Measurements 75 by 74 in. (on a 48 in. green marble base) alternate measurements 190.5 by 188 cm signed: Fratin inscribed Vetheuil and dated 1850 (on thebase) bronze, dark brown patina PROVENANCE Colonel Sir Watkin Williams-Wynn, 6th Baronet, Wynnstay Hall,Wrexham, and by descent With Anthony Roth Fine Arts, Ltd. London CATALOGUE NOTE Christophe Fratin was at the height of both his creativity andhis international success when he sculpted the magnificent TwoEagles Battling a Lynx in 1850. Although conservative jurieshad regularly excluded Fratin's work from the Paris Salonthroughout the turbulent 1840s, powerful support from the press andimportant commissions from prominent patrons in Paris and Londonand as far away as Saint Petersburg enabled the artist to continuewith the beautifully crafted scenes of animals in combat that madeFratin's reputation. Just a year after Two Eagles Battling aLynx was completed, Fratin was awarded a medal at the CrystalPalace Exhibition in London in 1851 (the first truly comprehensiveworld's fair) for another life size group of eagles. Thecommendation from the Fine Arts jury accompanying the medaldescribed Fratin as "the most celebrated sculptor of animals inFrance at the present day." Two Eagles Battling a Lynx presents a pair of majesticbirds protecting their nest from a marauding wild cat -- the singlefeather in the predator's mouth suggests the lynx has alreadyattacked one of their young. Fratin's imaginative composition,which balances the outswept wings of the eagle descending upon thelynx with the upraised wings of its mate, speaks to both the energyand the elegance that the artist's admirers found in even his mostviolent scenes of natural combat. His attention to unusual animaldetails such as the lynx's distinctive whiskers and deeply cuppedears was an important aspect of Fratin's success, as was hisemphasis on complex textural contrasts of feathers, horny beaks,and rocky aeries. But it was in the development of the lower eaglewho has twisted underneath the lynx to protect the nest with itsown body that Fratin's particular genius emerges, giving his animalgroup a heroism and an emotional impact that could challenge any ofthe figural sculptures of the mid-nineteenth-century. Fratin was the son of a shoe-maker and sometime taxidermist inMetz on the eastern edge of France and he came onto the Paris sceneat the landmark Salon of 1831, the exhibition that launched theRomantic movement with groundbreaking compositions by Delacroix andDelaroche as well as major works by the landscape artists who wouldform the heart of the century's Realist movement. Together with theslightly older sculptor Antoine Barye (who showed his first animalmodels at the same Salon), Fratin quickly established the importantplace of animalier sculpture at the heart of thenaturalistic revolution that so effectively undermined theconservative French art establishment. Initially, Fratin's role wasas a junior artist to Barye, supplying secondary animal figures forthe elaborate surtout du table commissioned by the Ducd'Orléans during the mid-1830s to feature several of Barye'shunting scenes. But with Fratin's 1839 Salon bronze of An Eagleand Vulture Disputing their Prey , he established himself as aformidable rival to Barye and as an indisputable master of thesubject matter of animals in combat. Throughout the next decade,Fratin's monumental animal groups and single figures of eleganthorses or powerful dogs were sought after by more liberal membersof the French aristocracy as well as by collectors all over Europe.Finally, with the establishment of a more liberal government inFrance under the Second Empire in 1851, Fratin began to receiveofficial state commissions for his larger groups. Two Eagles Battling a Lynx is apparently a singular cast;no other example of this composition is known. But Two EaglesBattling a Lynx belongs firmly to Fratin's interests of the1850s, when pairs of eagles were among the artist's most soughtafter compositions. An 1847 newspaper article documents acommission from the Tsar for two groups of eagles (now lost) whileTwo Eagles Fighting over a Goat , also dated 1850 and perhapsthe piece honored at the Crystal Palace Exhibition, was acquired byan American industrialist who donated the group to New York'sCentral Park in 1863 (where it stands near 69th street). TheCentral Park group (fig. ) and a related composition of EaglesFighting over a Deer (Metz, Botanical Garden) increase thedynamism of the overall work by spreading the birds outhorizontally, they lack the striking monumentality that Fratinachieved in Two Eagles Battling a Lynx by interlocking hispair of powerful two eagles in a single moment of attack. Over his lifetime, Fratin's sculptural oeuvre rangedwidely. He established a large repertoire of smaller scalecompositions that were issued in multiple editions (the CentralPark eagle group was slightly rearranged for a smaller cast) andtoday Fratin is best known for small elegant groups of horses,battling lions, and humorous scenes of bears imitating humanfoibles (see lot ). In addition to free-standing table sculpture,Fratin also developed a beautiful line of small bas reliefs ofsingle animals, and even a range of animal heads, suitable fortopping walking sticks! During his lifetime, Fratin's rivalry withBarye was the stuff of the popular press and Fratin himself wasrecorded by celebrated caricaturists. That today Barye is so muchbetter known is in part due to the superb collections of Barye'ssmaller bronzes preserved in French and American museums measuredagainst the corresponding loss of so many of Fratin's large piecesmelted down during the wars of the twentieth century: of elevenlarge compositions commissioned by the King of Prussia, only fourcan be traced today; and Fratin's Cheval attaqué par un lion erected in the Place Montrouge in Paris in 1853 disappeared duringthe 1940s occupation. Two Eagles Battling a Lynx was acquired by Sir WatkinWilliams-Wynn, the sixth Baronet of Wynnstay and the lord of animmense family estate spanning sections of Denbigh in Wales, andShropshire and Cheshire in western England. Sir WatkinWilliams-Wynn inherited his title and the family seat, WynnstayHall in Wrexham in 1840 and he devoted considerable effort over hislong life to improving the grounds and to renewing his family'spatronage of the Ruabon Hunt and foxhounds. The Wynnstay Hallgrounds include a landmark garden created in the 18th century byCapability Brown, and during the 1850s and 1860s Sir WatkinWilliams-Wynn acquired several large pieces of contemporarysculpture to decorate both the house and further gardens. Fratin'sTwo Eagles Battling a Lynx remained at Wynnstay untilsometime after the death of the 7th Baronet in 1944, when theestate was broken up and much of its furnishings and art soldoff. This catalogue entry was written by Alexandra Murphy.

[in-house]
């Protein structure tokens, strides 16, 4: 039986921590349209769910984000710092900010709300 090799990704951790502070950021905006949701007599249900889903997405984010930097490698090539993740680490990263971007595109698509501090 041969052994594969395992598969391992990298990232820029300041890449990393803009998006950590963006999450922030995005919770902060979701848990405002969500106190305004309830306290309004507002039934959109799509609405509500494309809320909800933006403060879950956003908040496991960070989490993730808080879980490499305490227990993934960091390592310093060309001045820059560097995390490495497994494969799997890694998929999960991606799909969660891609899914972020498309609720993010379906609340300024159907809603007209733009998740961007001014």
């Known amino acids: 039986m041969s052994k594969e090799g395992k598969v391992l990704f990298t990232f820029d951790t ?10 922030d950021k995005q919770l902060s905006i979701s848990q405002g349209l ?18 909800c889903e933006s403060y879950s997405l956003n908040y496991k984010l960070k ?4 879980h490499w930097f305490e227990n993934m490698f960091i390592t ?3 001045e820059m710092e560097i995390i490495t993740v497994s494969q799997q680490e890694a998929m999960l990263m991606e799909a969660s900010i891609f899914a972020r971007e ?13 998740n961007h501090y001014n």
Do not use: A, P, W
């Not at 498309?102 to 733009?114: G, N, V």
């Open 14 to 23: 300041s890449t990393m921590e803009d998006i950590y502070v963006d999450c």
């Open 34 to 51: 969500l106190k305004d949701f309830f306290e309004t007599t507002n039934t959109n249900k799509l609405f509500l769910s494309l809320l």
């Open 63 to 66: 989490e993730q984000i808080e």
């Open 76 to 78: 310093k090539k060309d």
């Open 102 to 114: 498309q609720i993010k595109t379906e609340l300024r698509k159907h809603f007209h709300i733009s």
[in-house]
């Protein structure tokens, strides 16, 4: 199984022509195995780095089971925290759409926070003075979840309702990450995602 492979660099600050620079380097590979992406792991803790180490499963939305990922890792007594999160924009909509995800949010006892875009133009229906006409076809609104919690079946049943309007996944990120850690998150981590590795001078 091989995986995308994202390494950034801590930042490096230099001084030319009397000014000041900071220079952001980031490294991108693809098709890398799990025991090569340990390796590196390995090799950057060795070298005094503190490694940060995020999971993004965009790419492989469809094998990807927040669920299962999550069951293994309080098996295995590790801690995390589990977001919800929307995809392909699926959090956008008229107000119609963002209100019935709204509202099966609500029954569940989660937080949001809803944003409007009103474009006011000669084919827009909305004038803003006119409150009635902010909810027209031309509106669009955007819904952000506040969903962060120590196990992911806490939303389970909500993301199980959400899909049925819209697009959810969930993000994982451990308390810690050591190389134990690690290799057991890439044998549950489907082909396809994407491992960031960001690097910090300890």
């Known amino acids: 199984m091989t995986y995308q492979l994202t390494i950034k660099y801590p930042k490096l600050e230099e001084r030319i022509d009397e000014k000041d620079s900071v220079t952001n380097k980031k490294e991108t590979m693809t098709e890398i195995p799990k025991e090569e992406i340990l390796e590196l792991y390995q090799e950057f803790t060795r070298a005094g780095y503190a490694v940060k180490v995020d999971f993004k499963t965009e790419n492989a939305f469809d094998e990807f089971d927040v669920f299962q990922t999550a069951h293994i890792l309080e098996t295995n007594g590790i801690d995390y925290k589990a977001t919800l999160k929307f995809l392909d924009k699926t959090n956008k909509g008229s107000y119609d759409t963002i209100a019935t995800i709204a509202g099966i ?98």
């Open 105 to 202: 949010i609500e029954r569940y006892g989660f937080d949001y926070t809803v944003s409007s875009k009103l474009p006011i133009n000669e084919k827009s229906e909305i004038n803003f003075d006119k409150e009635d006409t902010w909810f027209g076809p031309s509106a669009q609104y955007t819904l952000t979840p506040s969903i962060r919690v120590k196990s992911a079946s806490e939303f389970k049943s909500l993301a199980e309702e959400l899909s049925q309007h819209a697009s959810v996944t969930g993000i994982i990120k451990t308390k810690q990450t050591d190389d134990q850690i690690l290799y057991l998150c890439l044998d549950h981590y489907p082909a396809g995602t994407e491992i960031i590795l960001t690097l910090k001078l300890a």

Christophe Fratin - Model Of A Horse And Foal

Christophe Fratin - Model Of A Horse And Foal

Original
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Lot number: 91
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Description:
Raised on a naturalistically cast rectangularbase, stamped FRATIN, 41 wide, 37cm high (16" wide, 14.5" high) Footnote: Born in Metz Fratin was the son of a taxidermist. His understandingof the anatomy of animals probably came from his time helping hisfather in his taxidermy business. Fratin studied under Pioche inMetz and then moved to Paris where he studied under the painter andsculptor Gericault. Fratin exhibited widely at the Paris Salon andat the Great Exhibition in London.